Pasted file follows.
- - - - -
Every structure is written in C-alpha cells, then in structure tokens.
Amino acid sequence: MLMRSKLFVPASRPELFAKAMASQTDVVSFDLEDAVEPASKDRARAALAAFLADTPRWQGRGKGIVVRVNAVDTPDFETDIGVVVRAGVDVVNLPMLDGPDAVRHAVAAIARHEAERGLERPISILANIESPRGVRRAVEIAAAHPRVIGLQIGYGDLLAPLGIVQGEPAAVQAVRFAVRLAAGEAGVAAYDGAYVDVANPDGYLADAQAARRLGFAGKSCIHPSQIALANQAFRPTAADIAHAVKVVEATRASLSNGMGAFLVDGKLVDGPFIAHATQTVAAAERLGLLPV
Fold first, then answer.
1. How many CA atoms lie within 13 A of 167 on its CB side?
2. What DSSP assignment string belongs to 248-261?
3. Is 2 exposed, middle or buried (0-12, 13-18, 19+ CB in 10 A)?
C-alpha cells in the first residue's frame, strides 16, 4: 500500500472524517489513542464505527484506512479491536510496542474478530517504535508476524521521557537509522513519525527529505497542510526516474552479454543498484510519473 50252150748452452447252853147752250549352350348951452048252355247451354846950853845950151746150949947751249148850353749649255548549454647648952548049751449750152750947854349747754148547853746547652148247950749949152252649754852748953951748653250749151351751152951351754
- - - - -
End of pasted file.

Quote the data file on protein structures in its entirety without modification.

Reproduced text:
Every structure is written in C-alpha cells, then in structure tokens.
Amino acid sequence: MLMRSKLFVPASRPELFAKAMASQTDVVSFDLEDAVEPASKDRARAALAAFLADTPRWQGRGKGIVVRVNAVDTPDFETDIGVVVRAGVDVVNLPMLDGPDAVRHAVAAIARHEAERGLERPISILANIESPRGVRRAVEIAAAHPRVIGLQIGYGDLLAPLGIVQGEPAAVQAVRFAVRLAAGEAGVAAYDGAYVDVANPDGYLADAQAARRLGFAGKSCIHPSQIALANQAFRPTAADIAHAVKVVEATRASLSNGMGAFLVDGKLVDGPFIAHATQTVAAAERLGLLPV
Fold first, then answer.
1. How many CA atoms lie within 13 A of 167 on its CB side?
2. What DSSP assignment string belongs to 248-261?
3. Is 2 exposed, middle or buried (0-12, 13-18, 19+ CB in 10 A)?
C-alpha cells in the first residue's frame, strides 16, 4: 500500500472524517489513542464505527484506512479491536510496542474478530517504535508476524521521557537509522513519525527529505497542510526516474552479454543498484510519473 50252150748452452447252853147752250549352350348951452048252355247451354846950853845950151746150949947751249148850353749649255548549454647648952548049751449750152750947854349747754148547853746547652148247950749949152252649754852748953951748653250749151351751152951351754